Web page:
British postcard by Star-Images, London, no. Lock 09. Photo: SKA Films, 1998. Jason Statham, Nick Moran, Dexter Fletcher, and Jason Flemyng in Lock, Stock and Two Smoking Barrels (Guy Ritchie, 1998).

P.H. Moriarty in Lock, Stock and Two Smoking Barrels (1998)
British postcard by Star-Images, London, no. Lock 10. Photo: SKA Films, 1998. P.H. Moriarty in Lock, Stock and Two Smoking Barrels (Guy Ritchie, 1998).

Nick Moran in Lock, Stock and Two Smoking Barrels (1998)
British postcard by Star-Images, London, no. Lock 12. Photo: SKA Films, 1998. Nick Moran in Lock, Stock and Two Smoking Barrels (Guy Ritchie, 1998).

His energetic, ultra-contemporary camera work


With Lock, Stock and Two Smoking Barrels (1998), Guy Ritchie took his first step in establishing his own brand. His energetic, ultra-contemporary camera work incorporates such devices as slow motion, fast motion, and freeze-frame coupled with narration.

It actually expands upon Martin Scorsese's visual style and camera movements in Mean Streets (Martin Scorsese, 1973) and Goodfellas (Martin Scorsese, 1990).

Critics also compared Ritchie's film with the works of Quentin Tarantino and Danny Boyle's Trainspotting (1996) but Lock, Stock and Two Smoking Barrels is inventive and a true original. Ritchie's film is an involved, complex, and layered work and is essential viewing.

The soundtrack is first-rate, from the hits of James Brown to 'I Wanna Be Your Dog' by The Stooges. The groovy, pulsating music and lyrics are often succinctly synchronised with the action and dialogue in the film, creating a theatrical rhythm.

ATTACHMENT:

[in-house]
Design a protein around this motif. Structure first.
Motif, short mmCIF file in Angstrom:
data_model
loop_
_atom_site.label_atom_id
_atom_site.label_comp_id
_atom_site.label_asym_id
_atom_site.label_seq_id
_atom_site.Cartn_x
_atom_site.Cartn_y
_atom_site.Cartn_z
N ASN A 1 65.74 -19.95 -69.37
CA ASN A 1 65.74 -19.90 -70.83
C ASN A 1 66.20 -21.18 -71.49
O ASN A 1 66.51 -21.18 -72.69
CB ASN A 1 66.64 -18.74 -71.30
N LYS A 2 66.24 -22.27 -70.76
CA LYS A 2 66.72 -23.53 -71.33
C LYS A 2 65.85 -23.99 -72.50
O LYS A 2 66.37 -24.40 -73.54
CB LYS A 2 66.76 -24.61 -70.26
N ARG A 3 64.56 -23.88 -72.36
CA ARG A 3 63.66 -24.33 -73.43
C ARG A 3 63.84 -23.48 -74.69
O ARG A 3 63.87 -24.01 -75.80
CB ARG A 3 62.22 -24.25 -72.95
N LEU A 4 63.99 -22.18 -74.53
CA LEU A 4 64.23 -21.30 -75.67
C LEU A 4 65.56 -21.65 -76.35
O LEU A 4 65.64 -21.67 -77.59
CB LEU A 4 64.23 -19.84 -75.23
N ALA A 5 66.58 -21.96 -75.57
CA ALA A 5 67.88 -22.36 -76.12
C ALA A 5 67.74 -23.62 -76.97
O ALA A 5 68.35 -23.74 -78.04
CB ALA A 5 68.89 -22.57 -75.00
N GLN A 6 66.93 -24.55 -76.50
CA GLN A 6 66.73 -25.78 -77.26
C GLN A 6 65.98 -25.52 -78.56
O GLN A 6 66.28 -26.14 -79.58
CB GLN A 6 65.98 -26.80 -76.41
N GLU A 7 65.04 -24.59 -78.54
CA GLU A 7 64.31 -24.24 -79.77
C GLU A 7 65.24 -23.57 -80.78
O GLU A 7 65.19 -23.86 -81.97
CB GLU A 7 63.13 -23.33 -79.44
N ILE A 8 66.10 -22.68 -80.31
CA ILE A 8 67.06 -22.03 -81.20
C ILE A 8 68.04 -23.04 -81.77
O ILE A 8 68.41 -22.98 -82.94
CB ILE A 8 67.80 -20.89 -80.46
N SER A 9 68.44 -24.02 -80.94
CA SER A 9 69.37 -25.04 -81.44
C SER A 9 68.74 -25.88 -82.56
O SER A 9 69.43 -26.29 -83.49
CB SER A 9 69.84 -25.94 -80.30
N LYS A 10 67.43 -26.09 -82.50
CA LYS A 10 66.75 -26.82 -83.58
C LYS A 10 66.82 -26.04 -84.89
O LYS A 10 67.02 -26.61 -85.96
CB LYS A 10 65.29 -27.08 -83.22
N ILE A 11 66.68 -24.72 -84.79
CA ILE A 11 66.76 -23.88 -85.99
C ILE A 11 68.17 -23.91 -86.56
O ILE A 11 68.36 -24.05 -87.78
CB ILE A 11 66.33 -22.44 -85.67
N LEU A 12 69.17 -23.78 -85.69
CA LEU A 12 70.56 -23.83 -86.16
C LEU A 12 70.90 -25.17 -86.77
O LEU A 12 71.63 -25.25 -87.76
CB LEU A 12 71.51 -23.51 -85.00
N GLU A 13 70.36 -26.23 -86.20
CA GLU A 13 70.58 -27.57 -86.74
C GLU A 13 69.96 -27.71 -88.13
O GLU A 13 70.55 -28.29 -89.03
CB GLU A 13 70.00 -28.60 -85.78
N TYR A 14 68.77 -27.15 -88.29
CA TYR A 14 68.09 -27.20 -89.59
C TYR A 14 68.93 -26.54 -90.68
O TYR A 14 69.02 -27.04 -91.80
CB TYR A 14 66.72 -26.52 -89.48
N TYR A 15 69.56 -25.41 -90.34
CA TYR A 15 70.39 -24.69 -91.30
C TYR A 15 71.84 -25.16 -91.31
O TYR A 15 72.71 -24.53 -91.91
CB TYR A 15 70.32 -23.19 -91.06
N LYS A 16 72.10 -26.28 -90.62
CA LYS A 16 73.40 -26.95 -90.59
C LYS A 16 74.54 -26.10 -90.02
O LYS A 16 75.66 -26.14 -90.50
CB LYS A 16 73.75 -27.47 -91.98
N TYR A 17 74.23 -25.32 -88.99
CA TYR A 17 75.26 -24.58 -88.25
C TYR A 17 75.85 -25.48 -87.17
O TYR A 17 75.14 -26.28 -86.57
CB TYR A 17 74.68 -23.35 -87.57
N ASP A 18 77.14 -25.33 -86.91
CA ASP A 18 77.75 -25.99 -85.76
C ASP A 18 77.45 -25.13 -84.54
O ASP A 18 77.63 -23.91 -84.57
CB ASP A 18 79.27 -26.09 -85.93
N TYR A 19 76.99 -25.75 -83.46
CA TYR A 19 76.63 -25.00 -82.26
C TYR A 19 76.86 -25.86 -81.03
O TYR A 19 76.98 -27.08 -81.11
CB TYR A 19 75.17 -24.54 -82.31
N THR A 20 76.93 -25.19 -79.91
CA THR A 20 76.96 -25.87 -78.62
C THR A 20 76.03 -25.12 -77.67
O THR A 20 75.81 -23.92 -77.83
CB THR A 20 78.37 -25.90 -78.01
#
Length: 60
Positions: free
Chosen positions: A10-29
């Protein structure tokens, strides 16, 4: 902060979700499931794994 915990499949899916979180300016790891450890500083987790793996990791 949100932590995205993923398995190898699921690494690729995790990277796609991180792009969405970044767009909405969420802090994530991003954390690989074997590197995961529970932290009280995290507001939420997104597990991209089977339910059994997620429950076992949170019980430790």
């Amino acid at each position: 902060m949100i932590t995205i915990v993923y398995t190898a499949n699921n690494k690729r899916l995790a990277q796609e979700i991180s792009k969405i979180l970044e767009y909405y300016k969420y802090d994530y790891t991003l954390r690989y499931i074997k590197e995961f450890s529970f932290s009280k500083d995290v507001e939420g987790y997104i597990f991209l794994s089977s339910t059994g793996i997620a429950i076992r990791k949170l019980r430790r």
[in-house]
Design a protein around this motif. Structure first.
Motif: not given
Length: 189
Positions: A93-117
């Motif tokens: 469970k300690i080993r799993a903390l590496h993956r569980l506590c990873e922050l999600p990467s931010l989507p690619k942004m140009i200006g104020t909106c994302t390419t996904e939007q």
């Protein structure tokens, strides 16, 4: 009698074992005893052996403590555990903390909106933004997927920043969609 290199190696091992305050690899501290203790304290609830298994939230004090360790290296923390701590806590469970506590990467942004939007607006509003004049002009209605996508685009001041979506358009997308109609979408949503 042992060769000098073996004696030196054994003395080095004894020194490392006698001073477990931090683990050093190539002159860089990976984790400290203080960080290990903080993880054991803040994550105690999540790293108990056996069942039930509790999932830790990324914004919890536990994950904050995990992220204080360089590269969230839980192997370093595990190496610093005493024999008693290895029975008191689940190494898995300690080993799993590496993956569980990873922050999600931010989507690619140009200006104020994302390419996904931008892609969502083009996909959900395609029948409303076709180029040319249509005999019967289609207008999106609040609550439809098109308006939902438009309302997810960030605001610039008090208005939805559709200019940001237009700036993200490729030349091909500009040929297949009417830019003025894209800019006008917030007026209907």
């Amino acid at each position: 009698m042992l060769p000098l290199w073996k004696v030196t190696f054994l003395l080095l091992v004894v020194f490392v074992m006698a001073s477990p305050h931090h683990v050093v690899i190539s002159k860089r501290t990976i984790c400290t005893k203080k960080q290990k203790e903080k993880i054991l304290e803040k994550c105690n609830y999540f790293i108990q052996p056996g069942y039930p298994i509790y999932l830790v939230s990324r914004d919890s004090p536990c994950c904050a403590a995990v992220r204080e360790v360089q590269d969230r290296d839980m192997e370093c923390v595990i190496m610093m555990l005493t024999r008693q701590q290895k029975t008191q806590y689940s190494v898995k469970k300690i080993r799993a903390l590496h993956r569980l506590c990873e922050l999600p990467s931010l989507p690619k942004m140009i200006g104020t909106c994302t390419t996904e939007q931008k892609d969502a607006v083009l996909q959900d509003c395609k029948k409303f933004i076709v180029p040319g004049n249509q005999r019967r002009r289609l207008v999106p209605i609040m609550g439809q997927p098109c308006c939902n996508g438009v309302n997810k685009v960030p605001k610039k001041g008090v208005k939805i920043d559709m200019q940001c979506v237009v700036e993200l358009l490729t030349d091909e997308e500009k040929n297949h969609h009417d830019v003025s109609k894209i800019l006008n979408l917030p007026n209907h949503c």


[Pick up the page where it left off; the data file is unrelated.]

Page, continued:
While the picture's main focus is on four lads who invest money in a high-stakes, rigged card game and lose, the broader story concerns approximately eight different groups of criminals whose paths cross during various illegal pursuits: money, guns, drugs, even revenge. And although Guy Ritchie's film debut is quite violent, Lock, Stock and Two Smoking Barrels is also humorous throughout.

Vinnie Jones in Lock, Stock and Two Smoking Barrels (1998)
British postcard by Star-Images, London, no. Lock 13. Photo: SKA Films, 1998. Vinnie Jones in Lock, Stock and Two Smoking Barrels (Guy Ritchie, 1998).

Jason Statham, Nick Moran, and Dexter Fletcher in Lock, Stock and Two Smoking Barrels (1998)
British postcard by Star-Images, London, no. Lock 14. Photo: SKA Films, 1998. Jason Statham, Nick Moran, and Dexter Fletcher in Lock, Stock and Two Smoking Barrels (Guy Ritchie, 1998).

Lock, Stock and Two Smoking Barrels (1998)
British postcard by Star-Images, London, no. Lock 15. Photo: SKA Films, 1998. Publicity still from Lock, Stock and Two Smoking Barrels (Guy Ritchie, 1998).

Lock, Stock and Two Smoking Barrels (1998)
British postcard by Star-Images, London, no. Lock 16. Photo: SKA Films, 1998. Publicity still from Lock, Stock and Two Smoking Barrels (Guy Ritchie, 1998).

In a time when movies follow formulas like zombies, it's alive


Laura Abraham at AllMovie: "A rabid, farcical look at gangsters in East End London, it contains mayhem at the center of every scene and gains additional intensity from the slow-motion technique Ritchie employs in many of his death sequences.

Ritchie's manipulation of these sequences forces his audience to experience the full pain of the events by seeing every detail frame by frame, something particularly apparent in the director's handling of the boxing-ring poker game that catalyses the story.

A series of different angles and techniques convey the pressure each character at the table is feeling, and the use of slow-motion makes it impossible for the audience to ignore the pain and anguish that Eddy (expertly played by Nick Moran) must feel when he realizes he is losing a lot of money."

and the late Roger Ebert in the Chicago Sun-Times: "Lock, Stock'' is fun, in a slapdash way; it has an exuberance, and in a time when movies follow formulas like zombies, it's alive."

Stephen Marcus and Vas Blackwood in Lock, Stock and Two Smoking Barrels (1998)
British postcard by Star-Images, London, no. Lock 17. Photo: SKA Films, 1998. Stephen Marcus and Vas Blackwood in Lock, Stock and Two Smoking Barrels (Guy Ritchie, 1998).

Victor McGuire and Jake Abraham in Lock, Stock and Two Smoking Barrels (1998)